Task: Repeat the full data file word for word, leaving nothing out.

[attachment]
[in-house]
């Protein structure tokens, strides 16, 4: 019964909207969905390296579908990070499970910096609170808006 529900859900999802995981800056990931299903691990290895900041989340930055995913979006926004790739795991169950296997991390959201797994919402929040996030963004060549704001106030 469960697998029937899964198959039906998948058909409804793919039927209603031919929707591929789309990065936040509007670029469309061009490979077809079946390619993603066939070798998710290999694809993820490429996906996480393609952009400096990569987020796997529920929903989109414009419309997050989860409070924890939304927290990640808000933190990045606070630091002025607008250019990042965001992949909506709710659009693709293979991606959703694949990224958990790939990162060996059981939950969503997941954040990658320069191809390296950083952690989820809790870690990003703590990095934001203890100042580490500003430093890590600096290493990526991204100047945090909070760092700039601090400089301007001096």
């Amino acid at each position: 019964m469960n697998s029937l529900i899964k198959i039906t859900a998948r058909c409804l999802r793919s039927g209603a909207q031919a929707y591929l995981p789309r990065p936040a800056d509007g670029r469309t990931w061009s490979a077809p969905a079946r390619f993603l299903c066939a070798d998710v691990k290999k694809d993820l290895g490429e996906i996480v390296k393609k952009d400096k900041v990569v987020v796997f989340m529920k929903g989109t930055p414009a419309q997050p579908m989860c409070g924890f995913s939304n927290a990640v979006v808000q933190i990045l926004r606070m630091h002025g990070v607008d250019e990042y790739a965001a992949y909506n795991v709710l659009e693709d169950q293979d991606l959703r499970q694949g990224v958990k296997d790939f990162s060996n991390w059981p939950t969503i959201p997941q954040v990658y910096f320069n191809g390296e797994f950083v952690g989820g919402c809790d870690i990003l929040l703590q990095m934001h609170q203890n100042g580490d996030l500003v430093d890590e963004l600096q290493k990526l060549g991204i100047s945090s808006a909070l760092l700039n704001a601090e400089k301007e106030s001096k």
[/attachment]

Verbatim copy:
[in-house]
């Protein structure tokens, strides 16, 4: 019964909207969905390296579908990070499970910096609170808006 529900859900999802995981800056990931299903691990290895900041989340930055995913979006926004790739795991169950296997991390959201797994919402929040996030963004060549704001106030 469960697998029937899964198959039906998948058909409804793919039927209603031919929707591929789309990065936040509007670029469309061009490979077809079946390619993603066939070798998710290999694809993820490429996906996480393609952009400096990569987020796997529920929903989109414009419309997050989860409070924890939304927290990640808000933190990045606070630091002025607008250019990042965001992949909506709710659009693709293979991606959703694949990224958990790939990162060996059981939950969503997941954040990658320069191809390296950083952690989820809790870690990003703590990095934001203890100042580490500003430093890590600096290493990526991204100047945090909070760092700039601090400089301007001096």
């Amino acid at each position: 019964m469960n697998s029937l529900i899964k198959i039906t859900a998948r058909c409804l999802r793919s039927g209603a909207q031919a929707y591929l995981p789309r990065p936040a800056d509007g670029r469309t990931w061009s490979a077809p969905a079946r390619f993603l299903c066939a070798d998710v691990k290999k694809d993820l290895g490429e996906i996480v390296k393609k952009d400096k900041v990569v987020v796997f989340m529920k929903g989109t930055p414009a419309q997050p579908m989860c409070g924890f995913s939304n927290a990640v979006v808000q933190i990045l926004r606070m630091h002025g990070v607008d250019e990042y790739a965001a992949y909506n795991v709710l659009e693709d169950q293979d991606l959703r499970q694949g990224v958990k296997d790939f990162s060996n991390w059981p939950t969503i959201p997941q954040v990658y910096f320069n191809g390296e797994f950083v952690g989820g919402c809790d870690i990003l929040l703590q990095m934001h609170q203890n100042g580490d996030l500003v430093d890590e963004l600096q290493k990526l060549g991204i100047s945090s808006a909070l760092l700039n704001a601090e400089k301007e106030s001096k």